It’s Girl Scout Cookie Time

“Thank you for your order! That will be $90.00 please.”

Alameda, CA – October 04, 2017: Cadette Girl Scout holding boxes of Girl Scout cookies. Girl Scout cookie sales help girls learn marketing and money management skills.; Shutterstock ID 727970257; Job (TFH, TOH, RD, BNB, CWM, CM): TOH

Um excuse me…wh..what??!!

I am pretty sure I almost passed out when she told me the total. What have I done?? What did I do…I bought 17 boxes of Girl Scout Cookies…yep 17 boxes! Ugh. I have a problem. A cookie problem. I blame my mom….it’s all her fault…yeah that’s my excuse.

My cookie problem…er my mom’s influence… dates back to the early 90’s. I was 7 years old and my mom put me in a little blue apron and took me to meet up with some other little girls in blue aprons and they called us “Daisies”. We met a few times a month to make crafts, complete projects to earn patches and ate lots of snacks. January that year rolled around and it was “Cookie Time”.

Cookie Time brought out groups of girls in droves with cute little stands outside of grocery stores and walking their local neighborhoods knocking on doors hoping someone gave into their cute little entrepreneurship adventure and bought a box or two, or in my case seventeen.

At the time I had no idea how significant “Daisies” and “Cookie Time” would become in my life over the next 15 years. I would spend those years meeting with girls in my girl scout troop making cute little crafts for our mothers to add to their endless collections of noodle necklaces and nature drawings we were so proud of. Community service events often taught us that lots of people had a harder time with life than us, and that as long as you had compassion the smallest things could make life better.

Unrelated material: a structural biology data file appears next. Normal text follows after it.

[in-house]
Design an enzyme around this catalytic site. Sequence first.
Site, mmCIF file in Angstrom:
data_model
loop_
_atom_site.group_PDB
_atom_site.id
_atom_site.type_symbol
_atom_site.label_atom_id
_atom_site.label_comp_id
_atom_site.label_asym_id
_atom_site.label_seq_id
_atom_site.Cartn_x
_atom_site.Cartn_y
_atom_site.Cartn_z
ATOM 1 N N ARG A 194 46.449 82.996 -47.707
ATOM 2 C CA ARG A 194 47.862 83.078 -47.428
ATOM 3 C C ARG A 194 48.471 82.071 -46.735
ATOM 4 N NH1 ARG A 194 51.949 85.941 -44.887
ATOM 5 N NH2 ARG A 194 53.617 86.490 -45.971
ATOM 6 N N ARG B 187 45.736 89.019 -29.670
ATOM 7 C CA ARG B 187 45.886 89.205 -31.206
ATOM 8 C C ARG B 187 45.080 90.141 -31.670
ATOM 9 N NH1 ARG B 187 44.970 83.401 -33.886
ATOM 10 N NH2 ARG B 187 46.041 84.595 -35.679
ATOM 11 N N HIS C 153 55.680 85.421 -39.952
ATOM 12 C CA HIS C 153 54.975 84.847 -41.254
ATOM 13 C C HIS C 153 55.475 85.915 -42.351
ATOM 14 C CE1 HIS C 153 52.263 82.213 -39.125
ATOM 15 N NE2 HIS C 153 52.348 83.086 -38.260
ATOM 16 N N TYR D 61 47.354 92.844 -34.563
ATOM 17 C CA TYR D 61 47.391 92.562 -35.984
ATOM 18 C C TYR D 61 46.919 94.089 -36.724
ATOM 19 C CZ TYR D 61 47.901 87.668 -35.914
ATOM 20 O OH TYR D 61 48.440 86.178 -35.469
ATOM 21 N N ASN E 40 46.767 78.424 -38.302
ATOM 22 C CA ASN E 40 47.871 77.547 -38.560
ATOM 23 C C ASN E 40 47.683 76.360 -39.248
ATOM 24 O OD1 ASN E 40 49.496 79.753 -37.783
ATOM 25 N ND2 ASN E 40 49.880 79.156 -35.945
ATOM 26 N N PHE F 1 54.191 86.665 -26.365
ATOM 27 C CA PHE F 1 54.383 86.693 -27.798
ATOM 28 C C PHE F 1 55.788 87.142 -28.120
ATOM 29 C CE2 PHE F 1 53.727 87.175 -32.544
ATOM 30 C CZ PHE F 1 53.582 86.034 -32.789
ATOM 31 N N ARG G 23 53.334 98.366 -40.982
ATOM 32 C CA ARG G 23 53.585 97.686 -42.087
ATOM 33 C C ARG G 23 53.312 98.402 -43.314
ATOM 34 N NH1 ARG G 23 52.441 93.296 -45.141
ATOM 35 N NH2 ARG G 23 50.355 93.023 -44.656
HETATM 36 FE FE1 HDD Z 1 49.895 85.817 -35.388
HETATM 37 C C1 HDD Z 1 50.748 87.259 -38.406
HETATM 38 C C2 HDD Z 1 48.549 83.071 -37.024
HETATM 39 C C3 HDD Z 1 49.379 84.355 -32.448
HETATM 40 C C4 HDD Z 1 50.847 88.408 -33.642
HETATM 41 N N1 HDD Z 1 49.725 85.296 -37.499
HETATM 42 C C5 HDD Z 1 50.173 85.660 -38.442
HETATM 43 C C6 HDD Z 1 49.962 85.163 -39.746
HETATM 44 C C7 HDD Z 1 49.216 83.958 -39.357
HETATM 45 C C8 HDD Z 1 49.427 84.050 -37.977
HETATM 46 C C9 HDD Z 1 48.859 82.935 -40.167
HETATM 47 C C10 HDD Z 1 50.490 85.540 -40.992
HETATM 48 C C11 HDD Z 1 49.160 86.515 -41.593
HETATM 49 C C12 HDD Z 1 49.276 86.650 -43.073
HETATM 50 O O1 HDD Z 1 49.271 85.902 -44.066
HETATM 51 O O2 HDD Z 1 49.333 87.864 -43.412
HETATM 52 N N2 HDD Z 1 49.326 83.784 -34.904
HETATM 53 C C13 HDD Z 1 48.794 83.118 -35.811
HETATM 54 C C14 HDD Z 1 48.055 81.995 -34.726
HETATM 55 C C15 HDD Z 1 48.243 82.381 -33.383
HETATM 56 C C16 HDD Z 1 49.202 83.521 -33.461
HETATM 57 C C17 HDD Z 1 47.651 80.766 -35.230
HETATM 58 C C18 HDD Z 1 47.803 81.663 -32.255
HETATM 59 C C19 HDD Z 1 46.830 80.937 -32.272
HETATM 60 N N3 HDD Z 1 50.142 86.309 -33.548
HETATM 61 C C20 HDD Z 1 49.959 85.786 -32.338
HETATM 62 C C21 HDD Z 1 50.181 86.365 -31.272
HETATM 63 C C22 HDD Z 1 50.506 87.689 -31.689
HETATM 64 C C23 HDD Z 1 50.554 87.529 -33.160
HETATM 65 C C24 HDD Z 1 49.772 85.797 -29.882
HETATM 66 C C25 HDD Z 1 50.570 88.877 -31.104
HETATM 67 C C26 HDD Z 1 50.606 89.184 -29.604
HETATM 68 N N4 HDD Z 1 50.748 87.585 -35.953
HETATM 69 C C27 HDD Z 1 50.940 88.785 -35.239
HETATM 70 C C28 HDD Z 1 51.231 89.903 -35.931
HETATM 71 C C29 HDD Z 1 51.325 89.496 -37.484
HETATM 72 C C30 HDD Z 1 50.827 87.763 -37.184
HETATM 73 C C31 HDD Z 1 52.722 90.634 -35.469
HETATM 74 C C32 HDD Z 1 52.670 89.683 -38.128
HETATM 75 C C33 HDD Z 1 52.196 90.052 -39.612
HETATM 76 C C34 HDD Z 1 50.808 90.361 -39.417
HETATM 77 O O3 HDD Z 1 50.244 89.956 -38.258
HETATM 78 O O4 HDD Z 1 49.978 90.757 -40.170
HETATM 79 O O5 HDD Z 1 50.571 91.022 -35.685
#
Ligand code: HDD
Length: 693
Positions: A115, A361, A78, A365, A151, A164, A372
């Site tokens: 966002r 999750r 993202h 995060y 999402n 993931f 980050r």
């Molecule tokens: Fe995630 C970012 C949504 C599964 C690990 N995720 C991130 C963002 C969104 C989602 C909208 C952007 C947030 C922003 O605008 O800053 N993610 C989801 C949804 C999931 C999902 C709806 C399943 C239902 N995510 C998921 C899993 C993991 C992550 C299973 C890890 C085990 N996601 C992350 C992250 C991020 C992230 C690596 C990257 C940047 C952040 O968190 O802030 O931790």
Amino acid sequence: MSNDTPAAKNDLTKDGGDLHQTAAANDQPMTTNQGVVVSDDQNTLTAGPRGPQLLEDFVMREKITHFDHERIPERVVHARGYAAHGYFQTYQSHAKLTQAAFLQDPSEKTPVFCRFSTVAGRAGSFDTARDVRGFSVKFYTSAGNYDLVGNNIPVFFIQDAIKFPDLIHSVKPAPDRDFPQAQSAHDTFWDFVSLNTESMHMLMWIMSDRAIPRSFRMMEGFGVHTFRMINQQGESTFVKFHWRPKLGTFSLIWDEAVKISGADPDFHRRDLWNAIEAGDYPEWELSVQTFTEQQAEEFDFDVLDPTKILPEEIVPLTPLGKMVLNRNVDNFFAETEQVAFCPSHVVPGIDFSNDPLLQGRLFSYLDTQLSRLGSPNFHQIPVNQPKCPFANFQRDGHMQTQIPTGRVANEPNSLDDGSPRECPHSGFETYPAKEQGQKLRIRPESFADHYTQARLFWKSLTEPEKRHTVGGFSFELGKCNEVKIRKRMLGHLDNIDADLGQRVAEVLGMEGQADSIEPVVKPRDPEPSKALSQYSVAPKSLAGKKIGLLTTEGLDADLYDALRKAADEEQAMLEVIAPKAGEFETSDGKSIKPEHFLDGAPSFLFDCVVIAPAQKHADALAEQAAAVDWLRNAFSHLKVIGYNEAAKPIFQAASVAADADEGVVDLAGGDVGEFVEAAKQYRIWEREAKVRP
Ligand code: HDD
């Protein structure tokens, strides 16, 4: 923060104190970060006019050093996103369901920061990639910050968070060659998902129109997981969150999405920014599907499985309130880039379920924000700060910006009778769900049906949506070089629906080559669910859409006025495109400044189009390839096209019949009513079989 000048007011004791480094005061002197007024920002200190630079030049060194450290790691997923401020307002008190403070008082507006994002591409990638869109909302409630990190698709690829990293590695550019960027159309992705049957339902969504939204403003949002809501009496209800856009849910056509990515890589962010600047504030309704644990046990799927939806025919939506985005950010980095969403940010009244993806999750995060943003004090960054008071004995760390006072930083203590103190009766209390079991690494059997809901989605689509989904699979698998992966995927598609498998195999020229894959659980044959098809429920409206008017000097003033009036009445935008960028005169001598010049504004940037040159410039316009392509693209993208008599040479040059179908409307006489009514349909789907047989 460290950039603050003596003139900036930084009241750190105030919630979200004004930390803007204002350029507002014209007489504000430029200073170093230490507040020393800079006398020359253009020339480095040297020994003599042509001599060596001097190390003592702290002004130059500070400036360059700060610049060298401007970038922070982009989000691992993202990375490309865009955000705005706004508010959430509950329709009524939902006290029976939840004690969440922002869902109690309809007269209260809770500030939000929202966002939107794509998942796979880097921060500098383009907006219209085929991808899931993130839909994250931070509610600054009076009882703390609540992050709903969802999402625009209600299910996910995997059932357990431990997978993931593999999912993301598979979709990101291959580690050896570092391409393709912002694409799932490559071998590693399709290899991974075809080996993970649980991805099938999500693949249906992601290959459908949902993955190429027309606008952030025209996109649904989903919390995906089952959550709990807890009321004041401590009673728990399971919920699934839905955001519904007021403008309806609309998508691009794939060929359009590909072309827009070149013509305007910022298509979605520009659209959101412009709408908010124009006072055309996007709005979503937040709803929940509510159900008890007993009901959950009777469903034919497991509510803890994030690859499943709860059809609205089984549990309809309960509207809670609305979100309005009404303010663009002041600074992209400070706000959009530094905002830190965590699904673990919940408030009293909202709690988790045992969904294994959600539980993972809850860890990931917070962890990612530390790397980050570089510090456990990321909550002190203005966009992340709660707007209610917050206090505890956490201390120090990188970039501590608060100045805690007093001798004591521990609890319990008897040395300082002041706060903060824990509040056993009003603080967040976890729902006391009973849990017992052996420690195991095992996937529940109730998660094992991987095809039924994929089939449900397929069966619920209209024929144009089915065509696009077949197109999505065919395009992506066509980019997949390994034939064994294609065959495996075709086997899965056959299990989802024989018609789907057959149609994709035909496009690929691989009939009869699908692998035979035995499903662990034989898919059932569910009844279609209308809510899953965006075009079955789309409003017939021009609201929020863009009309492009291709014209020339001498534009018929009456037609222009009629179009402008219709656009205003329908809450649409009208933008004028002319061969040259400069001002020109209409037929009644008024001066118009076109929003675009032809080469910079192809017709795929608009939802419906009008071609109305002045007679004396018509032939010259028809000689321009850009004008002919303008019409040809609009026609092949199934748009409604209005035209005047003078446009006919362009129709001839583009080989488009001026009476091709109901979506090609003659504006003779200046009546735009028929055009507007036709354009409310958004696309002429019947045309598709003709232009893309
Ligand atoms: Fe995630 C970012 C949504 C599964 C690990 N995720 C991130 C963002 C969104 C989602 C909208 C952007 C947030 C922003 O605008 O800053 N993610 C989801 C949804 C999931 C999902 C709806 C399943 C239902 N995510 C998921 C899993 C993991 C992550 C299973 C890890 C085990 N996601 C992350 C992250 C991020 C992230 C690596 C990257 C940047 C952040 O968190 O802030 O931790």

Myself “Splash”, “Sparkles”, and “Daisy”. Working as camp staff in high school and college. All of us were influenced through Girl Scouts.

My favorite time of year was Cookie Time. We would get our order forms at our January meeting and have several weeks to see how many other suckers we could smile our way into buying our cookies. Back then in our neighborhood, I would get in my uniform, grab a pen and the order form, and spend my Saturday on foot going door to door selling them a smile that comes with cookies later. My goal was always to sell enough cookies to get a free stay at the local Girl Scout Camp. Camp was my summer home away from home. Where I got to be “free and independent”. I will save that one for another day!

I spent years “making new friends, and keeping the old” year to year from troop to troop until I got old enough that I was on my own doing my best to earn patches and awards. I didn’t realize at the time how important these years would be. All of those patches represented skills that I would take into my future. Learning respect and kindness to all was an invaluable lesson that stays with me today.

Girl Scouts and other organizations that value leadership, respect, and teach world values are being compromised by today’s political correctness. My wish is that for years to come lots of little girls will get together and build noodle necklaces and learn to kindly ask if someone would like to buy a box of Girl Scout Cookies…or seventeen.

So when you see those girls crowding the doors at the local box store and sweetly asking if you’d like a box of cookies, please be kind to them. Those cookies aren’t just cookies. Those are memories being made and lessons learned.

Buy one if you want, or buy one for a friend but tell them they are doing a great job and to keep it up. The lessons they are learning will last them a lifetime.

Now if you will excuse me, I have 15 boxes of cookies left to eat….and I am getting behind schedule.


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